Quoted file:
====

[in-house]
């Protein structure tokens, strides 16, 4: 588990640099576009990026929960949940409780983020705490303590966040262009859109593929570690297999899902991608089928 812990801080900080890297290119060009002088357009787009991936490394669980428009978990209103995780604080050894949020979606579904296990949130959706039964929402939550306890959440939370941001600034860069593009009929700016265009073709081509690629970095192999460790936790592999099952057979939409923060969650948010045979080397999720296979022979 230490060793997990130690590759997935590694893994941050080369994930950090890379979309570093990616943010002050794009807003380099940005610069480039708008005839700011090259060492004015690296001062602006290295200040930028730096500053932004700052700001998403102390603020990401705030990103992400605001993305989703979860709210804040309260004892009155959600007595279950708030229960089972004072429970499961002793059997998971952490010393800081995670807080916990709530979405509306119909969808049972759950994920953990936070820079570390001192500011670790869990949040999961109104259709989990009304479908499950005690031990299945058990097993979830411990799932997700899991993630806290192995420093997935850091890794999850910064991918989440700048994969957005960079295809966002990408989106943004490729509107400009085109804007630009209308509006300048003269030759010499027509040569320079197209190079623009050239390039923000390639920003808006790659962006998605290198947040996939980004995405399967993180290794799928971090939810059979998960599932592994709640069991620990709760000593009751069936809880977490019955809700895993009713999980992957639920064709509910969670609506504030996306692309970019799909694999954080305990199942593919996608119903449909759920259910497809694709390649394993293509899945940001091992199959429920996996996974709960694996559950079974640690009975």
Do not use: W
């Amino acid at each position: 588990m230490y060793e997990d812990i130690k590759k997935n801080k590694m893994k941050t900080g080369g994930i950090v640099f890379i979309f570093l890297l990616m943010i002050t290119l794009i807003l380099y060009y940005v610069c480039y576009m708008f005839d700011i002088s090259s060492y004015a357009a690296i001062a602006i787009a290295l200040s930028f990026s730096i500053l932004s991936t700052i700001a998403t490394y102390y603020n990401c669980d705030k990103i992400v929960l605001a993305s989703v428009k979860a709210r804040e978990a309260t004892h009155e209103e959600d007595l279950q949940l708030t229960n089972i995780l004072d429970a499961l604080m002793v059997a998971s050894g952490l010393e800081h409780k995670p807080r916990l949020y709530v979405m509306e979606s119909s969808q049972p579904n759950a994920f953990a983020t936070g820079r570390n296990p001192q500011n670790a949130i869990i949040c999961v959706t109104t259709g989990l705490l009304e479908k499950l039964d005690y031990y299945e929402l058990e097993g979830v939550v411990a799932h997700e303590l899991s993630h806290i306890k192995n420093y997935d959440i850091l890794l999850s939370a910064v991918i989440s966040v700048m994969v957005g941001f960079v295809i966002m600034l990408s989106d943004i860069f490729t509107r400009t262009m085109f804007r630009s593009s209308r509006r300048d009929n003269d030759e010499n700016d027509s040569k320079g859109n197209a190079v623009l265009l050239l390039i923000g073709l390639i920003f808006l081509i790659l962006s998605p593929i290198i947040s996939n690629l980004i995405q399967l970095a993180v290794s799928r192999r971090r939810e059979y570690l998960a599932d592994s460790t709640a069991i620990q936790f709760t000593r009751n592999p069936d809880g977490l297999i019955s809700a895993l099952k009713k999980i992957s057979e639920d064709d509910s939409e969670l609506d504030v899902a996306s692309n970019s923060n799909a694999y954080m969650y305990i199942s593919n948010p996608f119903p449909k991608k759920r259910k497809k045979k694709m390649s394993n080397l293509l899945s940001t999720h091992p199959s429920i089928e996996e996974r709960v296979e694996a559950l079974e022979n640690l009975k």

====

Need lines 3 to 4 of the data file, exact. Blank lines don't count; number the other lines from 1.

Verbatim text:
Do not use: W
């Amino acid at each position: 588990m230490y060793e997990d812990i130690k590759k997935n801080k590694m893994k941050t900080g080369g994930i950090v640099f890379i979309f570093l890297l990616m943010i002050t290119l794009i807003l380099y060009y940005v610069c480039y576009m708008f005839d700011i002088s090259s060492y004015a357009a690296i001062a602006i787009a290295l200040s930028f990026s730096i500053l932004s991936t700052i700001a998403t490394y102390y603020n990401c669980d705030k990103i992400v929960l605001a993305s989703v428009k979860a709210r804040e978990a309260t004892h009155e209103e959600d007595l279950q949940l708030t229960n089972i995780l004072d429970a499961l604080m002793v059997a998971s050894g952490l010393e800081h409780k995670p807080r916990l949020y709530v979405m509306e979606s119909s969808q049972p579904n759950a994920f953990a983020t936070g820079r570390n296990p001192q500011n670790a949130i869990i949040c999961v959706t109104t259709g989990l705490l009304e479908k499950l039964d005690y031990y299945e929402l058990e097993g979830v939550v411990a799932h997700e303590l899991s993630h806290i306890k192995n420093y997935d959440i850091l890794l999850s939370a910064v991918i989440s966040v700048m994969v957005g941001f960079v295809i966002m600034l990408s989106d943004i860069f490729t509107r400009t262009m085109f804007r630009s593009s209308r509006r300048d009929n003269d030759e010499n700016d027509s040569k320079g859109n197209a190079v623009l265009l050239l390039i923000g073709l390639i920003f808006l081509i790659l962006s998605p593929i290198i947040s996939n690629l980004i995405q399967l970095a993180v290794s799928r192999r971090r939810e059979y570690l998960a599932d592994s460790t709640a069991i620990q936790f709760t000593r009751n592999p069936d809880g977490l297999i019955s809700a895993l099952k009713k999980i992957s057979e639920d064709d509910s939409e969670l609506d504030v899902a996306s692309n970019s923060n799909a694999y954080m969650y305990i199942s593919n948010p996608f119903p449909k991608k759920r259910k497809k045979k694709m390649s394993n080397l293509l899945s940001t999720h091992p199959s429920i089928e996996e996974r709960v296979e694996a559950l079974e022979n640690l009975k």